Challenging a benefit decision - where to start - Citizens Advice Scotland
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Challenging a benefit decision - where to start

This advice applies to Scotland

If you want to challenge a decision made about a benefit, you need to make sure you follow the right procedure if you want to try and get the decision changed.

This page tells you more about the appeals process you should follow for benefits paid by the Department for Work and Pensions (DWP) and HM Revenue and Customs (HMRC). For benefits paid by HMRC, the procedure to follow depends on when the decision was made.

These pages do not cover challenging decisions on Housing Benefit or Council Tax Reduction.

Benefits paid by the Department for Work and Pensions

Benefits paid by the Department for Work and Pensions (DWP) are:

  • Attendance Allowance
  • Bereavement benefits
  • Carer’s Allowance
  • Disability Living Allowance
  • Employment and Support Allowance
  • Incapacity Benefit
  • Income Support
  • Industrial Injuries Disablement Benefit
  • Jobseeker’s Allowance
  • Maternity Allowance
  • Pension Credit
  • Personal Independence Payment
  • Severe Disablement Allowance
  • Social Fund payments
  • State Pension
  • Universal Credit
  • Widow's benefits.

Benefits paid by HM Revenue and Customs

  • Child Benefit
  • Guardian's Allowance
  • Child Tax Credit
  • Working Tax Credit.

Challenging a DWP benefit decision

When was the decision made

It is important to check the date when the decision about your benefit was made. This is important because if you want to challenge the decision, you must do so within certain time limits.

Your decision letter will tell you the date of the decision and also whether you have the right of appeal.

Asking for the decision to be looked at again

If you want to change a DWP benefit decision, you have to ask the DWP to look at the decision again before you can appeal. This is called mandatory reconsideration.

You must normally ask for a DWP decision to be looked at again within 1 month of the date of the decision.

If you missed the 1 month deadline, it's still worth sending your mandatory reconsideration. For most benefits you can send it within 13 months of the date on the decision letter. For Universal Credit, PIP, new style JSA and new style ESA, you can send it within 14 months of the date on your decision letter.

You'll need to explain why your application was late - the DWP are more likely to accept it if you have a good reason.

The DWP can refuse your application if it's late, but as long as you applied within 13 months you can still appeal the decision at a tribunal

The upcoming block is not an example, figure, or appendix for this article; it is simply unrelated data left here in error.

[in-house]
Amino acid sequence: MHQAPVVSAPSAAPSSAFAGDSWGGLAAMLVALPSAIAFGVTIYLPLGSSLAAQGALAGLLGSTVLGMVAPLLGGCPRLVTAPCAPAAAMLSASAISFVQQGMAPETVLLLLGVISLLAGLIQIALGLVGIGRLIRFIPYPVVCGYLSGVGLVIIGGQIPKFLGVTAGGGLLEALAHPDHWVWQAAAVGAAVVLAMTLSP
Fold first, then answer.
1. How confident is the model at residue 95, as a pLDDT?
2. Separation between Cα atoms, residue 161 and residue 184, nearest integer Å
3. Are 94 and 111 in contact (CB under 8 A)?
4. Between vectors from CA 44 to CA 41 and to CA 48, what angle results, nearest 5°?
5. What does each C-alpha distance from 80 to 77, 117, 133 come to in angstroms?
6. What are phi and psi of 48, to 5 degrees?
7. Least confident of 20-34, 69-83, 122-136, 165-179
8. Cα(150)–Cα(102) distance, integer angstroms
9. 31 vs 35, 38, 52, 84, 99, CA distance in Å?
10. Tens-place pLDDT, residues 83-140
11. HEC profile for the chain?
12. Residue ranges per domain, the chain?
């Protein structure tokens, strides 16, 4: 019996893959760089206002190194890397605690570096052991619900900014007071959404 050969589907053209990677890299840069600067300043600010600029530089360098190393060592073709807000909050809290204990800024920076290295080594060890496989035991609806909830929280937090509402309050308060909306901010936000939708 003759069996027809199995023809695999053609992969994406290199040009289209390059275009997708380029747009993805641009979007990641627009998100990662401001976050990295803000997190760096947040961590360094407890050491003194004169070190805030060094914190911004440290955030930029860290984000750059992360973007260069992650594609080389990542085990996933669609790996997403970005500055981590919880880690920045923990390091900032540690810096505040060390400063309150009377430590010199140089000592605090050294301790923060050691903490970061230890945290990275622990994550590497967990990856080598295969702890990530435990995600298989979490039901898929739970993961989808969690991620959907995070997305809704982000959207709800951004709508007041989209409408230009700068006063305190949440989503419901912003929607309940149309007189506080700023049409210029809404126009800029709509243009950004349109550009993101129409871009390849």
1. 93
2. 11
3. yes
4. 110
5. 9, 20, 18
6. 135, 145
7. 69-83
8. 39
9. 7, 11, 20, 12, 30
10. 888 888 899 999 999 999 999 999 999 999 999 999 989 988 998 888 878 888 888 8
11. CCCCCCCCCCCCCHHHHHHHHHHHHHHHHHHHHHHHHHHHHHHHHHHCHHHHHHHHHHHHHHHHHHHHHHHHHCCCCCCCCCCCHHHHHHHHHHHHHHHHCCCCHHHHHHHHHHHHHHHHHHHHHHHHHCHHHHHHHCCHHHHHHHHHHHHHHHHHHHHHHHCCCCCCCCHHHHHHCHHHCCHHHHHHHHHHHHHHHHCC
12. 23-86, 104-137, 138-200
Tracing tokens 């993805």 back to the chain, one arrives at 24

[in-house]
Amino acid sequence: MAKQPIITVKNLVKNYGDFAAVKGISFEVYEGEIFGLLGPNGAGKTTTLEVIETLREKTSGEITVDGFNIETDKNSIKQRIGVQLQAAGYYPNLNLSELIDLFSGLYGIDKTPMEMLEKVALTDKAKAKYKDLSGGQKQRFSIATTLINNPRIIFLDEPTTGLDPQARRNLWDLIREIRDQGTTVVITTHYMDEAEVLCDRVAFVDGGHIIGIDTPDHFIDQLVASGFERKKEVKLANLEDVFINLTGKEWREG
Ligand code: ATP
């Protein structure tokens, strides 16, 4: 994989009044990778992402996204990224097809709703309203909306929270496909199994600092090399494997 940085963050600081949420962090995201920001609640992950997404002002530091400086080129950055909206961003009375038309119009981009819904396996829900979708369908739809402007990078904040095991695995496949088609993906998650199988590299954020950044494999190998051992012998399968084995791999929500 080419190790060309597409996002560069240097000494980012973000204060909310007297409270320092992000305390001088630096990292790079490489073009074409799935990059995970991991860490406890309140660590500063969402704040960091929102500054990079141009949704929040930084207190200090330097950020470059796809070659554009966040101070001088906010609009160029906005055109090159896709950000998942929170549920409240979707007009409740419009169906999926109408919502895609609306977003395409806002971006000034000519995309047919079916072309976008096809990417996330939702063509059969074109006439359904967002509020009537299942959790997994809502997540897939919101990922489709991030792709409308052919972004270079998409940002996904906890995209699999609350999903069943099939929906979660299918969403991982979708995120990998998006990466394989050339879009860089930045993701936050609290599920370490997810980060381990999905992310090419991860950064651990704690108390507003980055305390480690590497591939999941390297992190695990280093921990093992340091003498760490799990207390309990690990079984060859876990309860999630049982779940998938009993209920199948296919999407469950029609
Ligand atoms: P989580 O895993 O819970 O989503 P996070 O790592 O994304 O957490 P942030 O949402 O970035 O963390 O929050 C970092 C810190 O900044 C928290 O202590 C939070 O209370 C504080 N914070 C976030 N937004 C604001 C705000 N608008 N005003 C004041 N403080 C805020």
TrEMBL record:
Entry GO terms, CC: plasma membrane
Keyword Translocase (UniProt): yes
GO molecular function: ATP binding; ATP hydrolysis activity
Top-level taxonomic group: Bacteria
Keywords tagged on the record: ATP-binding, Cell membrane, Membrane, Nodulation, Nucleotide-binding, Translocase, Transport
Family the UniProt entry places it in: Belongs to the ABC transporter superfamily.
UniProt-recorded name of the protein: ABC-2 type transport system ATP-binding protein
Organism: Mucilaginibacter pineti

The DWP decision letter will say whether mandatory reconsideration applies and tell you how to ask for it. You will usually be able to ask for a reconsideration over the phone or in writing, but it best to apply in writing or to confirm your phone call in writing.

You can't appeal until you get a decision from the DWP on your request for a reconsideration. This is called a mandatory reconsideration notice.

Appealing against a DWP benefit decision

If you disagree with the outcome of the reconsideration, you can then appeal directly to an independent tribunal. You must send a written appeal directly to HM Courts and Tribunal Service, not to the DWP. This is known as direct lodgement.

If you decide to appeal, your appeal must arrive at the Tribunal Service within one month of the date on your mandatory reconsideration notice. This time limit can only be extended in special circumstances.

Challenging an HMRC benefit decision

When was the decision made?

It is important to check when the decision on your tax credit or HMRC benefit was made so you can work out which appeals process to use.

You will have to ask for a mandatory reconsideration of your benefit or tax credit decision before you can appeal.

The time limit for asking for a mandatory reconsideration is:

  • 30 days from the date of the decision for Child Tax Credit and Working Tax Credit decisions
  • one month from the date of the decision for Child Benefit and Guardian's Allowance decisions.

If you miss the 1 month deadline, it’s still worth sending your mandatory reconsideration. You’ll need to explain why your application was late - the DWP are more likely to accept it if you have a good reason.

You can appeal Child Benefit or Guardian’s Allowance decisions in an independent tribunal as long as you asked for mandatory reconsideration within 13 months of the decision.

More useful information

For a copy of the HMRC factsheet 'Tax credits: if you think a decision is wrong', including a reconsideration request form, go to www.gov.uk.

For a copy of the HMRC factsheet 'Child Benefit or Guardian's Allowance: if you think a decision is wrong', including a reconsideration request form, go to www.gov.uk.

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